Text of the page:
Stay safe and healthy in winter
Although winter comes as no surprise, many of us are not ready for its arrival. If you are prepared for the hazards of winter, you will be more likely to stay safe and healthy when temperatures start to fall. Several health conditions are specially associated with the climatic conditions during this season.
Preventing colds, flu and infection
Colds and flu are particularly common in winter. Viruses cause the common cold. Flu (influenza) is caused by a different group of viruses. Antibiotics are not a suitable treatment for colds and flu because antibiotics target bacteria, not viruses.
Take steps to protect yourself from colds and flu this season. To do this you need to:
* get immunized and protect yourself from flu
* cover your nose and mouth with a tissue when you cough or sneeze
* throw tissues in the bin after you use them
* wash your hands often with soap and water, especially after you cough or sneeze
* use alcohol based hand sanitizers
* avoid touching your eyes, nose or mouth as germs spread this way
* try to avoid close contact with people who have a flu-like illness.
If you have flu-like symptoms you should:
* stay home from work or school
* Limit contact with other people to keep from infecting them.
No treatment will cure your cold, or make it go away more quickly, but if you get plenty of rest and stay hydrated you can expect to recover quicker. Taking paracetamol will help to relieve your headache, muscle aches and reduce your fever. Discuss medicines with your doctor before using or giving to children to make sure they are safe. The flu vaccination can help to protect you against getting the flu.
Eat nutritious food
Eating food high in nutritional value will feed your body the vitamins, rich carbohydrates and fats that give you the nourishment you need to recover more quickly. While, it may be tempting to eat more food in winter, it is better to eat a well-balanced diet throughout the year.
Try to include foods in your diet that are:
* high in antioxidants, protein and fiber
* high in vitamins B, C, D and E
* Low in sugars and fats.
Drink plenty of water
It's also important to hydrate yourself by drinking plenty of water throughout the day. In summer, the hot weather reminds us that we are thirsty. It's easy to neglect hydration when the weather becomes cooler because we think our body doesn't need any more water.
Skin problems, like eczema, also become more common in the winter because of the change in temperature. Keeping your body well hydrated will help to keep your skin healthy and flush out toxins.
Keep yourself active
It's common to feel less motivated during the winter months and even getting out of bed can sometimes feel like a chore. Seasonal affective disorder (SAD) is a condition associated with winter, and can be offset by keeping active and maintaining regular contact with others. Try to get into a routine of getting out and doing some exercise, whether it is walking up the stairs instead of taking the lift or escalator instead swap your normal routine by go for a daily walk.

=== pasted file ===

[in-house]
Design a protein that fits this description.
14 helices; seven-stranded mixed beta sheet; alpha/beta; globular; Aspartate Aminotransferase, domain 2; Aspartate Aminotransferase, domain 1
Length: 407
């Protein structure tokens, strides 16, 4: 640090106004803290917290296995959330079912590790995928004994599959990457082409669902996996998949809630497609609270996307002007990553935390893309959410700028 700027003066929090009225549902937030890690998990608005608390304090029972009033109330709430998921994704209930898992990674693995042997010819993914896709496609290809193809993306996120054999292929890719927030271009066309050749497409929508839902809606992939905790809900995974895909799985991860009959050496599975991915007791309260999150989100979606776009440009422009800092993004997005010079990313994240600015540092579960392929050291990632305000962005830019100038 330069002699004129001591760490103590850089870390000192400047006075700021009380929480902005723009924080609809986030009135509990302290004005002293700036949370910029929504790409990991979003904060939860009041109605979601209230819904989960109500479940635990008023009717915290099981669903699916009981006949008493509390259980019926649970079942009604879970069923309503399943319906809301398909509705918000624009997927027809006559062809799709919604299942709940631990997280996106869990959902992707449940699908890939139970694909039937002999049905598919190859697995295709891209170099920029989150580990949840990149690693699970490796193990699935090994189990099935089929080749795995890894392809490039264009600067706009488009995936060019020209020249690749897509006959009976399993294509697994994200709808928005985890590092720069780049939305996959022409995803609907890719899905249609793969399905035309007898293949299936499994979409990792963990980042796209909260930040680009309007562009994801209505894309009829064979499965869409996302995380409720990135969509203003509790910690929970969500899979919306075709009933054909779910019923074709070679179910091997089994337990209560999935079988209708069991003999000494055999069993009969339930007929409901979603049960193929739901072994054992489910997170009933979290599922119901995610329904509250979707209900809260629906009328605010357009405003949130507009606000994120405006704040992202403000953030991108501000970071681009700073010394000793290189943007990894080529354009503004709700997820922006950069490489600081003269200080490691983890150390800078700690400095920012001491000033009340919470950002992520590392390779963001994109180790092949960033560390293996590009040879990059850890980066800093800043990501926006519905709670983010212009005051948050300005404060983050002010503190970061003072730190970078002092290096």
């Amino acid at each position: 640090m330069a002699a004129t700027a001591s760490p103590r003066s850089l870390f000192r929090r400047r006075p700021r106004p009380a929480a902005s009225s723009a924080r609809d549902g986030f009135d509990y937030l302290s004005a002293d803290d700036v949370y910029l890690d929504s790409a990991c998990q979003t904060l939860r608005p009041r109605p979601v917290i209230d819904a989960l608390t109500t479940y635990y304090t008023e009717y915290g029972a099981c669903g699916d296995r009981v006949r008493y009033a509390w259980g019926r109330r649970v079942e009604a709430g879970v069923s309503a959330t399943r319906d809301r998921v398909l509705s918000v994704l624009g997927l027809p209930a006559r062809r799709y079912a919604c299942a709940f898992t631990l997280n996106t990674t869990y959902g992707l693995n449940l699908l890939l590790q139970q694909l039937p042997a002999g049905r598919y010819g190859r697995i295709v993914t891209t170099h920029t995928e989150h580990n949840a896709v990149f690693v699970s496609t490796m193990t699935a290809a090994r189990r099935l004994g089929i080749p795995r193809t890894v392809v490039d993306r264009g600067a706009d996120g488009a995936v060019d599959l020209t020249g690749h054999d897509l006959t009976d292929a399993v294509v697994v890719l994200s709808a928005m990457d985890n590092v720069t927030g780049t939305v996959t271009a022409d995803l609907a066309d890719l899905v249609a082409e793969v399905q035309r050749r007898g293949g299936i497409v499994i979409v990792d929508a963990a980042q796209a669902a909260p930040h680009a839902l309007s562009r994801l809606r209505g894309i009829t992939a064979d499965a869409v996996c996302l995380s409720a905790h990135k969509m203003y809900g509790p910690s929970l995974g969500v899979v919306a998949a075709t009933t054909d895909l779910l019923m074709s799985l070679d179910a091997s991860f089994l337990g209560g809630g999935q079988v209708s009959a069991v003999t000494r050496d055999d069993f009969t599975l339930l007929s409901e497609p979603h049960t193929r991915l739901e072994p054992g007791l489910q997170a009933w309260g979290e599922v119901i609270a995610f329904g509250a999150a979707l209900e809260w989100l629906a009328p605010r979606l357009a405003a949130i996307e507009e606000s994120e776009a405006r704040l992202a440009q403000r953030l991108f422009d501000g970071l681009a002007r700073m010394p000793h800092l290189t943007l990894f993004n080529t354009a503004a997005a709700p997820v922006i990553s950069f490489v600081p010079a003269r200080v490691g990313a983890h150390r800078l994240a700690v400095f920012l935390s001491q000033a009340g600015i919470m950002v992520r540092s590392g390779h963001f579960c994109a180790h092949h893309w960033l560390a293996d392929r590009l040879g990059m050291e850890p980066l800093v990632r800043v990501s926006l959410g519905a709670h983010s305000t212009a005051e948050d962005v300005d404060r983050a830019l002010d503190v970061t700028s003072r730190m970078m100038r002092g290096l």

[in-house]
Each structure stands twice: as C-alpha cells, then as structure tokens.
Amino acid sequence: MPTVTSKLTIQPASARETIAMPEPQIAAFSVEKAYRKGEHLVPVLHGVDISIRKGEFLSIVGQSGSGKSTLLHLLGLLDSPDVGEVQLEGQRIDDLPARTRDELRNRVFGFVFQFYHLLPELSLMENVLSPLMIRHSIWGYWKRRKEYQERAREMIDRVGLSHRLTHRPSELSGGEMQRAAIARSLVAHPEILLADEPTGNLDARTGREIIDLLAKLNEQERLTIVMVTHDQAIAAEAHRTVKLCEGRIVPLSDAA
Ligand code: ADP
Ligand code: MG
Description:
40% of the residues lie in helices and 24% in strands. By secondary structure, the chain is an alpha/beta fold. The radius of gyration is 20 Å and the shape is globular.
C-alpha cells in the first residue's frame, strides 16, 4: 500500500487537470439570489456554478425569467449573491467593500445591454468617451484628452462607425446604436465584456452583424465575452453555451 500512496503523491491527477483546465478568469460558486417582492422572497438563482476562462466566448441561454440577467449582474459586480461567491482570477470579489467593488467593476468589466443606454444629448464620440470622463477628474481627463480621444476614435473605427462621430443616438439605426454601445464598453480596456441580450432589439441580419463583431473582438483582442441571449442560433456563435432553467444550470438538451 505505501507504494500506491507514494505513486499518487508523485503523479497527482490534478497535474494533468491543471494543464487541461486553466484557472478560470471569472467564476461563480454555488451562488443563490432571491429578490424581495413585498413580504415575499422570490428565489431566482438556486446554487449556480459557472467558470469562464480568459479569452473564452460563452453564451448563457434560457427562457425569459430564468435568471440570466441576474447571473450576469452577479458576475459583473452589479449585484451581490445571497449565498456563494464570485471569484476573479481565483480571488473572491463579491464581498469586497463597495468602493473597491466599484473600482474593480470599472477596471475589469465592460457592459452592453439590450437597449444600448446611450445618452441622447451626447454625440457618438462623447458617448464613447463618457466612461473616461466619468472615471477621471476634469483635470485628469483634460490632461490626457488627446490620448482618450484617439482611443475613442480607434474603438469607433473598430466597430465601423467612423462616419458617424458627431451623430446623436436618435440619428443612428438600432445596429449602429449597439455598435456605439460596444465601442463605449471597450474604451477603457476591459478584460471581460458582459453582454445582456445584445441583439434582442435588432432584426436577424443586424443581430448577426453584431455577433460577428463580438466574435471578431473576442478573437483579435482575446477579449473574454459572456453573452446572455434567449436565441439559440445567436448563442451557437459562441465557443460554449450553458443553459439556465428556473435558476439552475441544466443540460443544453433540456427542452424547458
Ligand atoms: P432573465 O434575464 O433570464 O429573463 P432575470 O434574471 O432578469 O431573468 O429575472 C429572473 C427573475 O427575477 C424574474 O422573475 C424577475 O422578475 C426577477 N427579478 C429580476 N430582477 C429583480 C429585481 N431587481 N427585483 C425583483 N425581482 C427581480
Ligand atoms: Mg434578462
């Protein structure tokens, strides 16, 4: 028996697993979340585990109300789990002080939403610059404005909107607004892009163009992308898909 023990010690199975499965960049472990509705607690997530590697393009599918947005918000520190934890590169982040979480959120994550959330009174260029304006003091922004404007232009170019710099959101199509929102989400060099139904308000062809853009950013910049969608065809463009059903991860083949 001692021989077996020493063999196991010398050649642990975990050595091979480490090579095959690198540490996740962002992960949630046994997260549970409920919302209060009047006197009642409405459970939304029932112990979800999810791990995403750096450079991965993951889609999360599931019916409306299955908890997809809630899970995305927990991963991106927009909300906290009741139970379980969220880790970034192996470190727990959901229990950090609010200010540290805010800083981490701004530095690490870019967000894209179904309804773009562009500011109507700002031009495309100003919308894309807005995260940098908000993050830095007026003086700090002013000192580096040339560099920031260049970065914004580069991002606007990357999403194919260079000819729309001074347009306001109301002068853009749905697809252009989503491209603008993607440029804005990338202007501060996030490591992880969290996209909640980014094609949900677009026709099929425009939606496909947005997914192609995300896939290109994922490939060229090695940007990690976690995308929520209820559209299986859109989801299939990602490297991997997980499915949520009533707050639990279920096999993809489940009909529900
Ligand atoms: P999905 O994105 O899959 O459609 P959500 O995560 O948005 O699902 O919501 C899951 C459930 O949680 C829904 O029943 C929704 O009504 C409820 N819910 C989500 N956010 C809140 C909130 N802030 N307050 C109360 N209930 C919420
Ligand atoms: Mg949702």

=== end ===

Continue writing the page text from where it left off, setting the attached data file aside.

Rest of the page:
Stay warm and consider others
Winter can be a tough time for many people in our community. Cold weather is especially dangerous for older people and people with pre-existing or chronic health conditions.
People with heart conditions or respiratory (breathing) problems including children wheezing may have worse symptoms during a cold spell and for several days after temperatures return to normal.
To keep warm and well during periods of cold weather you should:
* keep curtains drawn and doors closed to block draughts
* have regular hot drinks and at least one hot meal a day if possible
* eating regularly helps keep energy levels up during winter
* Wear several light layers of warm clothes keep as active as possible.
As colds and flu are more common in winter, the change of climate can trigger asthma attacks in children. Breathing in cold air, and mould associated with winter climates, can also induce asthma symptoms.
Asthma symptoms include:
* coughing - possibly starting with a dry cough
* wheezing - a whistling or high pitched sound which may be heard as air is pushed out of narrow tight airways
* Shortness of breath - breathing may become quicker and shallow. This leads to breaths out which are prolonged and forced
* tight chest - younger children may describe tummy ache, due the work of the "tummy" muscle (diaphragm) to assist with the work of breathing
* Possible vomiting associated with severe attacks.
Severe asthma symptoms include:
* feeling very distressed and frightened
* gasping for breath
* being unable to speak more than single words
* struggling to breathe
* Frequently sucking in at the throat and tummy (stomach).
Life threatening asthma symptoms include:
* being unable to move and speak
* appearing pale and blue around the lips
* No audible wheezing.
What you need to do
* Asthma can be treated by using medicated inhalers.
* If you have asthma and are experiencing symptoms, follow the advice of your asthma action plan.
* People experiencing asthma for the first time, should see their doctor for a diagnosis.
* If you, your child, or someone you know is experiencing severe or life threatening asthma symptoms seek urgent medical attention.
* Staying active, keeping warm and eating nutritious food will boost your immunity.
* Children are more susceptible to asthma attacks during winter.
* You have a higher risk of developing health complications if you have a respiratory condition.
* Immunization can help protect you from getting the flu.